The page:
WASHINGTON — President Trump on Wednesday said the United States would suspend travel from Europe for 30 days, a dramatic escalation of the federal government’s response to the coronavirus outbreak.
The measures come the same day that the World Health Organization declared the outbreak a global pandemic. Already, U.S. health officials have recorded over 1,000 cases of the novel coronavirus and the respiratory disease it causes, known as Covid-19. Worldwide cases exceed 125,000, nearly 5,000 of which have been fatal.
The federal government had previously placed travel bans on regions of Italy and South Korea, and all of China and Iran. Trump said the new travel ban, which takes effect Friday at midnight, would not apply to the United Kingdom — though the U.K. has reported far more cases than many European Union countries. Some Americans currently in Europe would be permitted to return, he said.
Despite the seriousness of his message, Trump at times attempted to impart an upbeat message, even amid a global market downturn a wave of new U.S. cases.
“The virus will not have a chance against us,” he said. “No nation is more prepared, or more resilient than the United States.”
Trump also said his administration would advise nursing homes to suspend all “medically unnecessary” visits. Though many Covid-19 cases are mild, older Americans and those with medical conditions including heart disease, lung disease, and diabetes are seen as particularly high-risk, and have accounted for the bulk of deaths.
“In general, older Americans should also avoid nonessential travel in crowded areas,” Trump said. “My administration is coordinating directly with communities with the largest outbreaks, and we have issued guidance on school closures, social distancing, and reducing large gatherings.”
Trump echoed the message of public health officials, urging Americans to frequently wash their hands, clean frequently used surfaces, and staying home from work if experiencing symptoms.
In many ways, the speech was Trump’s latest effort to prevent the Covid-19 outbreak from causing panic. As the crisis has unfolded in recent months, Trump has misleadingly compared the disease to the seasonal flu; suggested it would “miraculously” disappear with warmer April weather; and referred Democrats’ criticism of his administration’s response as a “hoax.”
Countries have faced public health threats “from the beginning of time,” Trump said. “It only matters how you respond, and we are responding with great speed and professionalism. Our team is the best anywhere in the world.”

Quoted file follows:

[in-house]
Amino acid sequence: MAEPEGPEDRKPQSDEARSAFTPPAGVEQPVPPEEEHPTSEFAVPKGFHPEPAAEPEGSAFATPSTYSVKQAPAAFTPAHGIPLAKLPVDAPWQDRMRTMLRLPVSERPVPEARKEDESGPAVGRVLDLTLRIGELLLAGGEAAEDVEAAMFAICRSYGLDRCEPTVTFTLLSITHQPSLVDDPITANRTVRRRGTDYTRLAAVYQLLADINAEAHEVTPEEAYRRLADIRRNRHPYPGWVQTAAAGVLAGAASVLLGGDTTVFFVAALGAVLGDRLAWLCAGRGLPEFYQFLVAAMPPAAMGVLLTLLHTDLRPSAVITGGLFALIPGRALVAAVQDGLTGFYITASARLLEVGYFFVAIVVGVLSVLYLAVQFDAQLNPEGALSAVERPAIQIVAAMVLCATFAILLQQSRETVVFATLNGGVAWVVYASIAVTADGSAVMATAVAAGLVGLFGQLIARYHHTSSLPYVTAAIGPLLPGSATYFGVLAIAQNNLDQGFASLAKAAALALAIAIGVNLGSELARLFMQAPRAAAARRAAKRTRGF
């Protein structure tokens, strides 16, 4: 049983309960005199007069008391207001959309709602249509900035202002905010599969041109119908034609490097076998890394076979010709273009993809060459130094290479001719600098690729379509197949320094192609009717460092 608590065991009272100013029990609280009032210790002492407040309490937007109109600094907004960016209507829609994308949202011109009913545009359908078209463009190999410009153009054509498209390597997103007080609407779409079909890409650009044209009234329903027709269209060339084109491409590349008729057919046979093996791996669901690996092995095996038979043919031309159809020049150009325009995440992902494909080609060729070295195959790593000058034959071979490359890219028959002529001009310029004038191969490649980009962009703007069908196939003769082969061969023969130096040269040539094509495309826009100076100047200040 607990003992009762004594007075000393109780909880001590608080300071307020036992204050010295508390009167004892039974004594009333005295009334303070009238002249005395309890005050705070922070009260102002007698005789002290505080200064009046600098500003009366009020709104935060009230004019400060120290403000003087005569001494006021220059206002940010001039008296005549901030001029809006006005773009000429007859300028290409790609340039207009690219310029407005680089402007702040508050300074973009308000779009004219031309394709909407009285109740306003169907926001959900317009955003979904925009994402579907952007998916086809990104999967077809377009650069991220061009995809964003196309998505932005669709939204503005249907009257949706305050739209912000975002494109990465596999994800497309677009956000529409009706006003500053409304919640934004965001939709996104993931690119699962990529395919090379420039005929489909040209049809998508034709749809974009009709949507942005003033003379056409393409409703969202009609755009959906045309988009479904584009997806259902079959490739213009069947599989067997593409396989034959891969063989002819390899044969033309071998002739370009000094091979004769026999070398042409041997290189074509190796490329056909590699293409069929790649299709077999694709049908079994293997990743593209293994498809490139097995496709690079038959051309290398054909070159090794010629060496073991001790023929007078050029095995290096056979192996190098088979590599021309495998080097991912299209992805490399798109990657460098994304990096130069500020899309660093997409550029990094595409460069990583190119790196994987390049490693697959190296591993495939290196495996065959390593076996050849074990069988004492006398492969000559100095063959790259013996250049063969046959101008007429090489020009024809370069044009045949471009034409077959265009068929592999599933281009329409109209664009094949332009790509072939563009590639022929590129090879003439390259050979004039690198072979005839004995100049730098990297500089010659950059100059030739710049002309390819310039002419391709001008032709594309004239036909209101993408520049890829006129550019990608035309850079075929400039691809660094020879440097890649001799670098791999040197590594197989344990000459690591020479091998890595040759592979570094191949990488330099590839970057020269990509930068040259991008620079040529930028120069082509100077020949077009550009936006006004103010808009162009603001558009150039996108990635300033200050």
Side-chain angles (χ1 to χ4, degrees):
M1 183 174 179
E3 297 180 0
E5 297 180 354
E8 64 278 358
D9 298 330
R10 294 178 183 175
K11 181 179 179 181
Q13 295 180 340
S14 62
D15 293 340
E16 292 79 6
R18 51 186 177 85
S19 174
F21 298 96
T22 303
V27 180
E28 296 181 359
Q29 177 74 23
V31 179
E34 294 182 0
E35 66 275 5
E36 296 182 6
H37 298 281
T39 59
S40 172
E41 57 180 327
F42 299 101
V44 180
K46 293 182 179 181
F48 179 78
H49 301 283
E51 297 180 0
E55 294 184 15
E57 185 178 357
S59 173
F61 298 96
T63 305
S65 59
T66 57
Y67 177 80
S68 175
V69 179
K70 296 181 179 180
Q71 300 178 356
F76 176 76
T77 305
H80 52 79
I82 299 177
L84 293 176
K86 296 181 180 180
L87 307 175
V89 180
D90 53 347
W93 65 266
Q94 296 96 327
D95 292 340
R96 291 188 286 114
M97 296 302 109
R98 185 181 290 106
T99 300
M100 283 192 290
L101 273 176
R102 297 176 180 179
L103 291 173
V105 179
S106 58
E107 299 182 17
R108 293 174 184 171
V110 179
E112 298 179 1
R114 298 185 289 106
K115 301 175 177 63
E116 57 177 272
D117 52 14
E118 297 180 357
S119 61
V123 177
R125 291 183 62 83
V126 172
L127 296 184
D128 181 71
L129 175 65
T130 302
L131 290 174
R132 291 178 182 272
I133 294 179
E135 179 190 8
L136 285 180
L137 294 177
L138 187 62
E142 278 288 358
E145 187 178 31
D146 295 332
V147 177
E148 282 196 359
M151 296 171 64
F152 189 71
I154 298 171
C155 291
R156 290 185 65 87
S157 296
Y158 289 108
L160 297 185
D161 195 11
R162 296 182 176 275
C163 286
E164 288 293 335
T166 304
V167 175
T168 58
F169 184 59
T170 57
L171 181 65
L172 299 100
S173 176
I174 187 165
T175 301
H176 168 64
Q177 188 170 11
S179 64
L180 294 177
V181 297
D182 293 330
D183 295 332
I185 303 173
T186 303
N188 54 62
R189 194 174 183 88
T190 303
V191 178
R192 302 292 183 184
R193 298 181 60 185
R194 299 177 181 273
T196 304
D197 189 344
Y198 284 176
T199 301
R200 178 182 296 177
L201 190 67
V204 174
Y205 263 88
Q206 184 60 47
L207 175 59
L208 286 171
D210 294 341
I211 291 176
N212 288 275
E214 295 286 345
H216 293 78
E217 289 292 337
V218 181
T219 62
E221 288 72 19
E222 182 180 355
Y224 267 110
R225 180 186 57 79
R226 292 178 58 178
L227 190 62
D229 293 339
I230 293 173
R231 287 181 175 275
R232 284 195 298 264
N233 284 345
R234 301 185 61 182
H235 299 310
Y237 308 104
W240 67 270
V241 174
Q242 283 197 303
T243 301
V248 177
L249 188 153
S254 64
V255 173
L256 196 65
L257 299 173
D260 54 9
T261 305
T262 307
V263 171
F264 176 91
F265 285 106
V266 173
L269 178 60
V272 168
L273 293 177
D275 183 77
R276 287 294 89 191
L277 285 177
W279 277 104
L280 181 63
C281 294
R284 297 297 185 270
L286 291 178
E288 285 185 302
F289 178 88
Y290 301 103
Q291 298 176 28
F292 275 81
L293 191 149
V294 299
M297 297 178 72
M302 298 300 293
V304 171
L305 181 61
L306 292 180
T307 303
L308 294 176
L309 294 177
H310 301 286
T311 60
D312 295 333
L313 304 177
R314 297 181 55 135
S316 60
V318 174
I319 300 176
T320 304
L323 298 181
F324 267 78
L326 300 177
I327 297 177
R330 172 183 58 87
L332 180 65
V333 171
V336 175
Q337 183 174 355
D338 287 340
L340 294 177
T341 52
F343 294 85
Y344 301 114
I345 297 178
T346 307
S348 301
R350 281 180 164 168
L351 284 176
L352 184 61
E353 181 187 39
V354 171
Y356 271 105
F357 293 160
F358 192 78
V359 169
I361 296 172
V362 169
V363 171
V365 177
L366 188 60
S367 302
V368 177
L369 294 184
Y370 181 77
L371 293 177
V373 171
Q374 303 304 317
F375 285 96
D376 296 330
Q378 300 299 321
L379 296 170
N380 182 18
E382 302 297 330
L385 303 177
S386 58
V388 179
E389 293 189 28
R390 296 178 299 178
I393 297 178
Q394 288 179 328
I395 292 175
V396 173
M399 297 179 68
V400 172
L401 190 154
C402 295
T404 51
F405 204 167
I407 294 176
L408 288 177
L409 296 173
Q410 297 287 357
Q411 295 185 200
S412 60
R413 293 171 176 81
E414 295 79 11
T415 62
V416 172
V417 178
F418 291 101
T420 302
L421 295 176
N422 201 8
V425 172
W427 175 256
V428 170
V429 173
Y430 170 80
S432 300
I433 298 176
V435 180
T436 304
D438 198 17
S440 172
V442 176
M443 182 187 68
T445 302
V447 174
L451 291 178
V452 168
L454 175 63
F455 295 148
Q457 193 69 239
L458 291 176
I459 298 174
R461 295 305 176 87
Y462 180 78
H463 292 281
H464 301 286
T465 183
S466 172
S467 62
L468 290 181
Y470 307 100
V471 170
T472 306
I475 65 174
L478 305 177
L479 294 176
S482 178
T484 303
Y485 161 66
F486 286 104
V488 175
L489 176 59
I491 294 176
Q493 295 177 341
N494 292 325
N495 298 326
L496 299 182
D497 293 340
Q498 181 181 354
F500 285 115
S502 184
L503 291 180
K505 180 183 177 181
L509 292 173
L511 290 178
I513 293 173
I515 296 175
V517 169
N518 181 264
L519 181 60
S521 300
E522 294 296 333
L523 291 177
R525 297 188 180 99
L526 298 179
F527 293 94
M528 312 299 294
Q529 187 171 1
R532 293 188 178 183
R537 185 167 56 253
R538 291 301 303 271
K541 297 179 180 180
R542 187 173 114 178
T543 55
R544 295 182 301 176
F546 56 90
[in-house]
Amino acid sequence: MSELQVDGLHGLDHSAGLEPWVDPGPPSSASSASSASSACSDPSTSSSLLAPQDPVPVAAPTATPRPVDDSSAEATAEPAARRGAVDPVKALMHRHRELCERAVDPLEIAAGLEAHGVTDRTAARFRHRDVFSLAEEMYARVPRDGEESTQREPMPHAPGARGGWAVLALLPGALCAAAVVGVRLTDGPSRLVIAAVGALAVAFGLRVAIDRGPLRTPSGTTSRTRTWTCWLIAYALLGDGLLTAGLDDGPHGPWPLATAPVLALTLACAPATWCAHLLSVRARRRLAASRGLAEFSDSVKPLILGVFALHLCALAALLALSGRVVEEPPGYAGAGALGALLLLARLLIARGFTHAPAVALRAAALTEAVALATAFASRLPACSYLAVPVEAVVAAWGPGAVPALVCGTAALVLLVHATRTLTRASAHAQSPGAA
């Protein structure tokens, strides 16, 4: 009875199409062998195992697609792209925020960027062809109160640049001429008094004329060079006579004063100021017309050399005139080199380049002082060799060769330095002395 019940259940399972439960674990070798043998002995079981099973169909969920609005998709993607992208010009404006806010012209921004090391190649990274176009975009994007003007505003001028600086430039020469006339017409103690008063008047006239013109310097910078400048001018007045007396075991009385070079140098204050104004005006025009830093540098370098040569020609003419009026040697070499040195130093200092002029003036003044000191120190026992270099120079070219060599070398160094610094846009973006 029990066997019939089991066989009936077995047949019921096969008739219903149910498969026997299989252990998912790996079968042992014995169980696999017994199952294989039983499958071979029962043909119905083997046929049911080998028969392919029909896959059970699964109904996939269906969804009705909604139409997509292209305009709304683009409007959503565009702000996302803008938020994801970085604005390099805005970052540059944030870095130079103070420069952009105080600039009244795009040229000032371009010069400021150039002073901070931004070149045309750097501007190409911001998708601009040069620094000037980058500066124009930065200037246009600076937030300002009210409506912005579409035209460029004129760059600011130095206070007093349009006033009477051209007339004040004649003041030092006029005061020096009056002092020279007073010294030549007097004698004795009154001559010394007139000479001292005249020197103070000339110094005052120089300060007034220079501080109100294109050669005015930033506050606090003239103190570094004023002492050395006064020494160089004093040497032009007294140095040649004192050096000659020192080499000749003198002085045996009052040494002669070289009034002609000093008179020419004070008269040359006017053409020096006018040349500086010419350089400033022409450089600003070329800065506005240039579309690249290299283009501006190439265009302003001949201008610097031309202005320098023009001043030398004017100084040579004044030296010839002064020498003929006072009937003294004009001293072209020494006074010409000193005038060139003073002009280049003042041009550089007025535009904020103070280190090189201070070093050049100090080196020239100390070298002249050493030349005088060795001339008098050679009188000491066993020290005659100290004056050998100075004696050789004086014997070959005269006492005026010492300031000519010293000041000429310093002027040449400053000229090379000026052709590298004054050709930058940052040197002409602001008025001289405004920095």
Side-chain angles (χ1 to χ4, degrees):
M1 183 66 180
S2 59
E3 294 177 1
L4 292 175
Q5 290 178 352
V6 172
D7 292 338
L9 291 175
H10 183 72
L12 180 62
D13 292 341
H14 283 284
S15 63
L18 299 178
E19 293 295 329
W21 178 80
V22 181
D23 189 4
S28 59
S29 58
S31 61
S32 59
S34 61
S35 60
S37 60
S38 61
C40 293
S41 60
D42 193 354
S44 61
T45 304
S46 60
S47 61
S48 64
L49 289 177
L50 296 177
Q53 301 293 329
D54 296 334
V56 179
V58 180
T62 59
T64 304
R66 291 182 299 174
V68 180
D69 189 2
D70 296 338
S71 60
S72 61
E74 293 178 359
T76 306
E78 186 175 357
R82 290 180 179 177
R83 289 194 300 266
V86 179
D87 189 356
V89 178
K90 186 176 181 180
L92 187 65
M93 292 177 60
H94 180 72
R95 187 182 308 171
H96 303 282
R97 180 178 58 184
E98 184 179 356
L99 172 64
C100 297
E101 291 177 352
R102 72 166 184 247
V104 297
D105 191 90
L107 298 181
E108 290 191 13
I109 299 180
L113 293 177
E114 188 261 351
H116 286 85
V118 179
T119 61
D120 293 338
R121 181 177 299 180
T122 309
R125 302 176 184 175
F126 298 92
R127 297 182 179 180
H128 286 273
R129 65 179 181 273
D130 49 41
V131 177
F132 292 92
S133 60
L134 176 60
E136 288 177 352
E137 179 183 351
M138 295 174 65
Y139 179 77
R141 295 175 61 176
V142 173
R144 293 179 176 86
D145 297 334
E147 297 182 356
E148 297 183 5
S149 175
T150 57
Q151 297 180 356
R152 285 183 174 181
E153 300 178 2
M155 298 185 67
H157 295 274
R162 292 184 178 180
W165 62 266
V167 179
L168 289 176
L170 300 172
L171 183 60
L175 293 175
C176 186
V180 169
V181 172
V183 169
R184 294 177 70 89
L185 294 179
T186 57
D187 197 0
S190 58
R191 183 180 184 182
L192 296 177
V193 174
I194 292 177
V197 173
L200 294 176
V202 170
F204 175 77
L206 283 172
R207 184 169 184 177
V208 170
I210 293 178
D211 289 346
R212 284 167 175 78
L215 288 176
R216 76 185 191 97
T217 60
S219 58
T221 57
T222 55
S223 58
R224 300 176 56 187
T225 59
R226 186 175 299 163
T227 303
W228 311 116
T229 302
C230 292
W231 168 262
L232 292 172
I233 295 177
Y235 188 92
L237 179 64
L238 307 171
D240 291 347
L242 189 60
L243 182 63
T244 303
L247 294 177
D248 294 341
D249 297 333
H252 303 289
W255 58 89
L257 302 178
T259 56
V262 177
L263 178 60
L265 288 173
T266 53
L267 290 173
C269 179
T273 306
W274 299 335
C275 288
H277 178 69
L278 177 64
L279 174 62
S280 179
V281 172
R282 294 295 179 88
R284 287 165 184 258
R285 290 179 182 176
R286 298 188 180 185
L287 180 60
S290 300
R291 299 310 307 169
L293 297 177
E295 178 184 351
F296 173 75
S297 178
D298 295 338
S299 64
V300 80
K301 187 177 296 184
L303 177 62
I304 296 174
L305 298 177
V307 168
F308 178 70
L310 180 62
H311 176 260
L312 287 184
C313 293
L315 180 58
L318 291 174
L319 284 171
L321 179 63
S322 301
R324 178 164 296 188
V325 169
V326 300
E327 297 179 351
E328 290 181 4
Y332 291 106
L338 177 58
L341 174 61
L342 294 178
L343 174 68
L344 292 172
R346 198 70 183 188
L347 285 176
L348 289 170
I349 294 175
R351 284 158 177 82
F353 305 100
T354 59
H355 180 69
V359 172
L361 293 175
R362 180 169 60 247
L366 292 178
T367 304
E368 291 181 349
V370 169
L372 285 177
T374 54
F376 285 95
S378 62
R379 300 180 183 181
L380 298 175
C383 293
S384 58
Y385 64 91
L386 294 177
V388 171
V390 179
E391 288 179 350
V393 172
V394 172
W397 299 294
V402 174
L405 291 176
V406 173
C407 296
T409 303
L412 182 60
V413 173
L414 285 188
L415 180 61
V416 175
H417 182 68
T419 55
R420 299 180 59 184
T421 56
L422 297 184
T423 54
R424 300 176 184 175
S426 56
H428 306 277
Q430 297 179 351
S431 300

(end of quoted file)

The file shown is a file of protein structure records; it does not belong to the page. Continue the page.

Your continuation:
Despite his boasting, Trump’s administration has faced a barrage of criticism surrounding its response to the coronavirus.
The Washington Post reported that Trump’s health department announced it would begin testing prospective Covid-19 patients for the disease before local governments were prepared to implement tests, and before the test kits worked. Politico reported that, for nearly a day in February, the Department of Health and Human Services email system crashed, hampering key communications between top officials. A whistleblower complaint alleged that some U.S. workers assisted Americans returning from Wuhan, China — the disease’s epicenter — without wearing protective gear or receiving proper training.
And high-ranking Trump administration officials have reportedly overruled career civil servants within the Centers for Disease Control and Prevention on multiple occasions. In February, the State Department flew home 328 Americans from a cruise ship experiencing a rash of Covid-19 cases against the CDC’s explicit guidance, the Post reported. And the Associated Press reported Saturday that the White House declined to issue a CDC-recommended advisory that senior citizens not travel by airplane.
Wednesday marked perhaps the largest escalation in state and local governments’ response to the outbreak. Anthony Fauci, the director of the National Institute of Allergy and Infectious Diseases, said at a congressional hearing that he recommended against events that require large crowds.
Former Vice President Joe Biden and Sen. Bernie Sanders (I-Vt.), the remaining contenders for the Democratic presidential nomination, postponed campaign rallies this week. City and county officials recommended or even forced the postponement of events ranging from concerts to baseball games. The NCAA announced on Wednesday it would stage its highly attended men’s and women’s basketball tournaments with no fans present. The NBA suspended its season after a player tested positive for the coronavirus Wednesday evening, ESPN reported.